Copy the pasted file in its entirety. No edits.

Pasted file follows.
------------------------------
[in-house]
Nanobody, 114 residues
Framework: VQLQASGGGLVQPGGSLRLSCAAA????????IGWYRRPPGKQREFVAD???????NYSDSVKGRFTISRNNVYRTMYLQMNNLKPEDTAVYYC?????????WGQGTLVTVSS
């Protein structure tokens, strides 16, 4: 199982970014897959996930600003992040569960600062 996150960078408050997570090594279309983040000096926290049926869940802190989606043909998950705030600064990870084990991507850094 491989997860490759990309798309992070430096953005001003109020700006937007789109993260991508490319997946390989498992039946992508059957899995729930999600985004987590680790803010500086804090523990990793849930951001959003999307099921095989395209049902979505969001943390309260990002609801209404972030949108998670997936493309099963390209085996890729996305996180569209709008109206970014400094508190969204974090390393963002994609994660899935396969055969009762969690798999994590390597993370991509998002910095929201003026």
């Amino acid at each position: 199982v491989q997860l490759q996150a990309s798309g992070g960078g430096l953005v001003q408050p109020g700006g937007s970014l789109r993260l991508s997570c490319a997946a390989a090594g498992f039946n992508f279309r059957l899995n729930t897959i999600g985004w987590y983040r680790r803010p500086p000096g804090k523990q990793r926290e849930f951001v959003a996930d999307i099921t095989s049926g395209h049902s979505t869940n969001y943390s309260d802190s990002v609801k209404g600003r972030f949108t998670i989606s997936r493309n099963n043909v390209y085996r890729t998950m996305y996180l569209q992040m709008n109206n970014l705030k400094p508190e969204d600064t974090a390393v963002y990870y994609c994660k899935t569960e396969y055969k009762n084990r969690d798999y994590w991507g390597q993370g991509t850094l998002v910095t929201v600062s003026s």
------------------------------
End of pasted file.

[in-house]
Nanobody, 114 residues
Framework: VQLQASGGGLVQPGGSLRLSCAAA????????IGWYRRPPGKQREFVAD???????NYSDSVKGRFTISRNNVYRTMYLQMNNLKPEDTAVYYC?????????WGQGTLVTVSS
């Protein structure tokens, strides 16, 4: 199982970014897959996930600003992040569960600062 996150960078408050997570090594279309983040000096926290049926869940802190989606043909998950705030600064990870084990991507850094 491989997860490759990309798309992070430096953005001003109020700006937007789109993260991508490319997946390989498992039946992508059957899995729930999600985004987590680790803010500086804090523990990793849930951001959003999307099921095989395209049902979505969001943390309260990002609801209404972030949108998670997936493309099963390209085996890729996305996180569209709008109206970014400094508190969204974090390393963002994609994660899935396969055969009762969690798999994590390597993370991509998002910095929201003026």
């Amino acid at each position: 199982v491989q997860l490759q996150a990309s798309g992070g960078g430096l953005v001003q408050p109020g700006g937007s970014l789109r993260l991508s997570c490319a997946a390989a090594g498992f039946n992508f279309r059957l899995n729930t897959i999600g985004w987590y983040r680790r803010p500086p000096g804090k523990q990793r926290e849930f951001v959003a996930d999307i099921t095989s049926g395209h049902s979505t869940n969001y943390s309260d802190s990002v609801k209404g600003r972030f949108t998670i989606s997936r493309n099963n043909v390209y085996r890729t998950m996305y996180l569209q992040m709008n109206n970014l705030k400094p508190e969204d600064t974090a390393v963002y990870y994609c994660k899935t569960e396969y055969k009762n084990r969690d798999y994590w991507g390597q993370g991509t850094l998002v910095t929201v600062s003026s």